“If we look at regions such as Asia-Pacific, South America, Central America, Eastern Europe, we do see a strong interest in Linux but also we see sales of Windows in those same areas,” said Dan Kusnetzky, vice-president, system software at IDC Ltd. “My sense is that Windows is still enjoying some growth in those regions or it couldn’t have had the growth we saw in the worldwide market.”
Linux growing in Windows’ shadow
In 2003 about 23 per cent of server operating systems shipped worldwide were Linux, said Dan Kusnetzky, a vice-president with IDC. Windows held about 56 per cent of the market share, Unix just under 13 per cent and mainframes, OS/400 and other operating systems about 15 per cent. Additionally, Microsoft’s market share is fairly constant throughout the world, showing few spikes or dips, Kusnetzky added. Linux’s market share increased 6.8 per cent, Windows increased 15.1 per cent, Unix dropped five per cent while mainframe, OS/400 and other operating systems declined 10 per cent.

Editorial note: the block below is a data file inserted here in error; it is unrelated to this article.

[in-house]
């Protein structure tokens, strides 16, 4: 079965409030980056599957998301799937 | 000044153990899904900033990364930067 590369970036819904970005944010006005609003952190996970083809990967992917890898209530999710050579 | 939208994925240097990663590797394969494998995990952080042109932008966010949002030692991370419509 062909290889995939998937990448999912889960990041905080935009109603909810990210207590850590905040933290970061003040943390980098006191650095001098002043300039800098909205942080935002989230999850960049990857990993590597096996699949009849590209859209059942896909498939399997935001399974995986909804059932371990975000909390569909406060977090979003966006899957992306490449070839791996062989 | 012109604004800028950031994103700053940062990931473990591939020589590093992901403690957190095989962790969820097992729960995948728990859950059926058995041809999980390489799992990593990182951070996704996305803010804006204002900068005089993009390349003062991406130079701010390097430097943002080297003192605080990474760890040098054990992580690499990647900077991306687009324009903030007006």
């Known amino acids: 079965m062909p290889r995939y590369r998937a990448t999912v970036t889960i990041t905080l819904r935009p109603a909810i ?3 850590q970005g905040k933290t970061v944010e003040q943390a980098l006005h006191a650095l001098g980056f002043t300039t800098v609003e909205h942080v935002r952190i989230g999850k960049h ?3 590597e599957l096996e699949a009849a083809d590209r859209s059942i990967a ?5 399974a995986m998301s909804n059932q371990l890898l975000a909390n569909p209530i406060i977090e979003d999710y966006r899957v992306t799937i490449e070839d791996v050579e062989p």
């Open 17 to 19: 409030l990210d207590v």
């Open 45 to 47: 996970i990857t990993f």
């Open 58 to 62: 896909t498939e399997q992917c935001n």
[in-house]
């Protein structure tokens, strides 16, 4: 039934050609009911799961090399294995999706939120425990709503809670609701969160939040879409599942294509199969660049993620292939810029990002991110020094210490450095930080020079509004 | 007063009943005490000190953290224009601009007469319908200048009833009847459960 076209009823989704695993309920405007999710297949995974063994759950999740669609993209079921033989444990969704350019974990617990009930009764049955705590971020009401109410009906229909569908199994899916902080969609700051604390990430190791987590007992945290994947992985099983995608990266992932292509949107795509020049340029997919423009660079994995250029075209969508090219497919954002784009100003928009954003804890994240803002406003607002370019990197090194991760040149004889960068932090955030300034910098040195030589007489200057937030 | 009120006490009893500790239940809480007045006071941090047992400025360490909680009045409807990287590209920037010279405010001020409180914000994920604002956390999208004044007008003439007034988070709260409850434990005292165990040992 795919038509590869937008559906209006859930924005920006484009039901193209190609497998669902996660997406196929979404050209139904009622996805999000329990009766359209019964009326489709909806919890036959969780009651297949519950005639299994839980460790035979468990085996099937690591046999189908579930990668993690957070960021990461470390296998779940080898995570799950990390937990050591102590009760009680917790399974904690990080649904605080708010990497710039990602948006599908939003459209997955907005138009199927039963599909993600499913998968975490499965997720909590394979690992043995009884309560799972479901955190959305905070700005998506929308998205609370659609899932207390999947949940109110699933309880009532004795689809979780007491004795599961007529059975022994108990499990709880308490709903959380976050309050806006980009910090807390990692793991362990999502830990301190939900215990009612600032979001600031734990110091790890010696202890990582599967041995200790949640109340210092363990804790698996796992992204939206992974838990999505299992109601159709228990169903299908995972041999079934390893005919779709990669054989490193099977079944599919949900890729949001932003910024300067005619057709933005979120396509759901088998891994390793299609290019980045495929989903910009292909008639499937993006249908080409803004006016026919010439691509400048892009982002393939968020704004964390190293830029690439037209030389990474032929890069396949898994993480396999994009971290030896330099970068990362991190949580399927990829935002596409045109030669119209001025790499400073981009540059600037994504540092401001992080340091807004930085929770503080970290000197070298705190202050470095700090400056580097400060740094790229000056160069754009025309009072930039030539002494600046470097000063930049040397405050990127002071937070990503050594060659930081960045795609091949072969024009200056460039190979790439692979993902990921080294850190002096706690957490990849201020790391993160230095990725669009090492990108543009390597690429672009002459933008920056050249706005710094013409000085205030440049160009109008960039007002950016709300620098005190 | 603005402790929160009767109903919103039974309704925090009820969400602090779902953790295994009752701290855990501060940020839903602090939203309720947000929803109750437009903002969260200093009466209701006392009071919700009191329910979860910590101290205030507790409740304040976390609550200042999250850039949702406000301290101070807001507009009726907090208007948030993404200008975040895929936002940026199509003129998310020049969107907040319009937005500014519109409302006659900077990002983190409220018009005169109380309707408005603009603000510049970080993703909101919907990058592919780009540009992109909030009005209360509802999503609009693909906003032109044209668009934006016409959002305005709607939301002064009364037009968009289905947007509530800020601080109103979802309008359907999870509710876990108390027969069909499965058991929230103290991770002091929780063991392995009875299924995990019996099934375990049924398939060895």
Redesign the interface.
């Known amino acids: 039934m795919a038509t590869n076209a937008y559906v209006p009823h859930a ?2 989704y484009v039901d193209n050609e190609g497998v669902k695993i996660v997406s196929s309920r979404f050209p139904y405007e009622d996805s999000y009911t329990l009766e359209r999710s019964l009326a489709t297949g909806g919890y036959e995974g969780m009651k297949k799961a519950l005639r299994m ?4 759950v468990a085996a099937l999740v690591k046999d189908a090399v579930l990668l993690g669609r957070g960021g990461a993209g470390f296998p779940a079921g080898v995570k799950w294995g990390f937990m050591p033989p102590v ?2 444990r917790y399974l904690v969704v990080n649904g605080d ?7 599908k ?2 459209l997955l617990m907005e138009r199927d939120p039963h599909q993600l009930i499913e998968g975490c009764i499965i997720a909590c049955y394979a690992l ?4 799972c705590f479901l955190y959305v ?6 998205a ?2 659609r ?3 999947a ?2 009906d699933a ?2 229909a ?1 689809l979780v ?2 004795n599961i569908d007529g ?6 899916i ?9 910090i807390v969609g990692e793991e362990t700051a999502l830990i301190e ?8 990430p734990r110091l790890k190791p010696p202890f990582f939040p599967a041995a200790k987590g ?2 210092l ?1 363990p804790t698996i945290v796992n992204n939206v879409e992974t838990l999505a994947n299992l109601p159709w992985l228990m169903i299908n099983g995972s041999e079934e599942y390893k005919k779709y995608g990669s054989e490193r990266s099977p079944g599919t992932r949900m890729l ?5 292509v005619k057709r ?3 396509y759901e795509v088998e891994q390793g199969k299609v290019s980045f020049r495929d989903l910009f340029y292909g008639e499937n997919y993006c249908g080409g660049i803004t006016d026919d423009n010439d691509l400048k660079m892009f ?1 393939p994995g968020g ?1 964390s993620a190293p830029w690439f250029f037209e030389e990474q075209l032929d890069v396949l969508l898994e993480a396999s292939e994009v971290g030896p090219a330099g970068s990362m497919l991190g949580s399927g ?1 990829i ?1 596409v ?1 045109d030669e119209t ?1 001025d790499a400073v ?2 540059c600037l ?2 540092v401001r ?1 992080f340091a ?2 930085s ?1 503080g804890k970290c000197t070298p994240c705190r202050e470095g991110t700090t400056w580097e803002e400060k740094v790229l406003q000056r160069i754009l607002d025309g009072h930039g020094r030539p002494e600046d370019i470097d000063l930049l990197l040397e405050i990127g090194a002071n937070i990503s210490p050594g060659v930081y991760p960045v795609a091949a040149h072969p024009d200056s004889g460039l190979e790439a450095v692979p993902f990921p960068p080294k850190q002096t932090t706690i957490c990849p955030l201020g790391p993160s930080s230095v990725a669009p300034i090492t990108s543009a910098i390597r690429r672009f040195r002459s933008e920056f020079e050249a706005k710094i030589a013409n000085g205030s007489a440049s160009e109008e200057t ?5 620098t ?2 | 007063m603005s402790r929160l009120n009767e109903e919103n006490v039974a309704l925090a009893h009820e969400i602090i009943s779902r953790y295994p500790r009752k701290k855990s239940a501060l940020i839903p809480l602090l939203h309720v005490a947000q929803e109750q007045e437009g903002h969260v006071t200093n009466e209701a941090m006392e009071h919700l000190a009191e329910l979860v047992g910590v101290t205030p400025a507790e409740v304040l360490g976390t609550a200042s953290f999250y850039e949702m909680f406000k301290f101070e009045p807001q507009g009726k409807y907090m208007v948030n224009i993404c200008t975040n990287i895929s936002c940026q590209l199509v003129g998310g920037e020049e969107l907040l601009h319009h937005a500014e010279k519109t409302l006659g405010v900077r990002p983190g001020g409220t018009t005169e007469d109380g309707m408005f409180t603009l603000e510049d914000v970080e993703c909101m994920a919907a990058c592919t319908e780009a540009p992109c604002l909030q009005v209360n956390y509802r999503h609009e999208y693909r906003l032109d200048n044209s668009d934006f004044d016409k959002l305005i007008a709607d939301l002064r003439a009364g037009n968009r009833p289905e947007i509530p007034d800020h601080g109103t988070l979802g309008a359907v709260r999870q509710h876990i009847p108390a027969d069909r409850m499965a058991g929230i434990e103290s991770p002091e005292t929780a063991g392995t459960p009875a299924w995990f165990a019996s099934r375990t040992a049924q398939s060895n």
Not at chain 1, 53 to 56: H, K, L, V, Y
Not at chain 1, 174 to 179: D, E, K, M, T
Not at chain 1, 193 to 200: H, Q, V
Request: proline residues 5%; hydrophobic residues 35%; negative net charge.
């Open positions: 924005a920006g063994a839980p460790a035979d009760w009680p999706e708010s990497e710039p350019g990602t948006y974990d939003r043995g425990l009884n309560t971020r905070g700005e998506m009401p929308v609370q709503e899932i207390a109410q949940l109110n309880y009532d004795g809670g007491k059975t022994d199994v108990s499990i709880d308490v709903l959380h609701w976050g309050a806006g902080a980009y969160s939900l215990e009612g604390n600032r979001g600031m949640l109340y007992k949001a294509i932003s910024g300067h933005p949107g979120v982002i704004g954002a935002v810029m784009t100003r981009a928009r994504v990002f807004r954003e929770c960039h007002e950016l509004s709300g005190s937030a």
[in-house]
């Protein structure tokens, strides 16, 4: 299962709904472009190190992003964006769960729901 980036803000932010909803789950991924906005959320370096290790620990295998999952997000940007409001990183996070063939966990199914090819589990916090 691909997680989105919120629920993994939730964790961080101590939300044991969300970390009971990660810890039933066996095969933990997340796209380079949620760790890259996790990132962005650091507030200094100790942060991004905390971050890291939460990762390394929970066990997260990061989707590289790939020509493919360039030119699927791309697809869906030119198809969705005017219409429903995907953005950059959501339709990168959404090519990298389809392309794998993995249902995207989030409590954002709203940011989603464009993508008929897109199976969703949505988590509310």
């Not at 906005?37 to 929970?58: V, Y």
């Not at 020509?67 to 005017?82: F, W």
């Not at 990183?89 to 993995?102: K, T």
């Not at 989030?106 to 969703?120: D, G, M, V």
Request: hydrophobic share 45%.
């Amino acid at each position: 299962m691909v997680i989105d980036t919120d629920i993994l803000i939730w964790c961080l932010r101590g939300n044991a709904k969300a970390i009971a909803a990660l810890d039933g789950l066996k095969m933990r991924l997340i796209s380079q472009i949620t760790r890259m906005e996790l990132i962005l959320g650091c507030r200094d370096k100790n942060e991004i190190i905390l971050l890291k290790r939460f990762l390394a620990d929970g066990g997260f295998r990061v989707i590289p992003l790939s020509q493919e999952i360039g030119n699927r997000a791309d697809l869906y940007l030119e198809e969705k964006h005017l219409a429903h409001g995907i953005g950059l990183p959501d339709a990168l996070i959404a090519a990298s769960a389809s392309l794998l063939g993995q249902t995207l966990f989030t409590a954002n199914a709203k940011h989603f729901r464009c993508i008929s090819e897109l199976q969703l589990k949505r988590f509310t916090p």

In 2002, Linux’s market share grew 8.3 per cent, Windows grew 14.8 per cent, Unix decreased by 7.1 per cent, while the mainframe, OS/400 and other operating systems market declined 23 per cent.
“This is what you would expect from an operating environment as it becomes a mature player — the growth rate declines but that’s also reflective of the install base getting larger. It gets harder and harder to demonstrate that kind of extreme growth,” Kusnetzky said. “When we first started watching Linux we saw growth rates of 200 per cent in some years and then it dropped down to 70 [per cent] and now it’s in its low-teens (or lower), which is consistent with a maturing market.”
Apples and oranges
“I think it’s too easy to want to see Linux as opposite or counter to Microsoft,” said Chris Pratt, manager, eServer initiative at IBM Canada Corp. in Markham, Ont. If you look at Linux and the open source community, it is an inclusive culture. Many proprietary vendors are very active in the open source arena and by definition we are excluded, and Linux, in purist terms competes with every other operating system that exists because it runs on every platform.”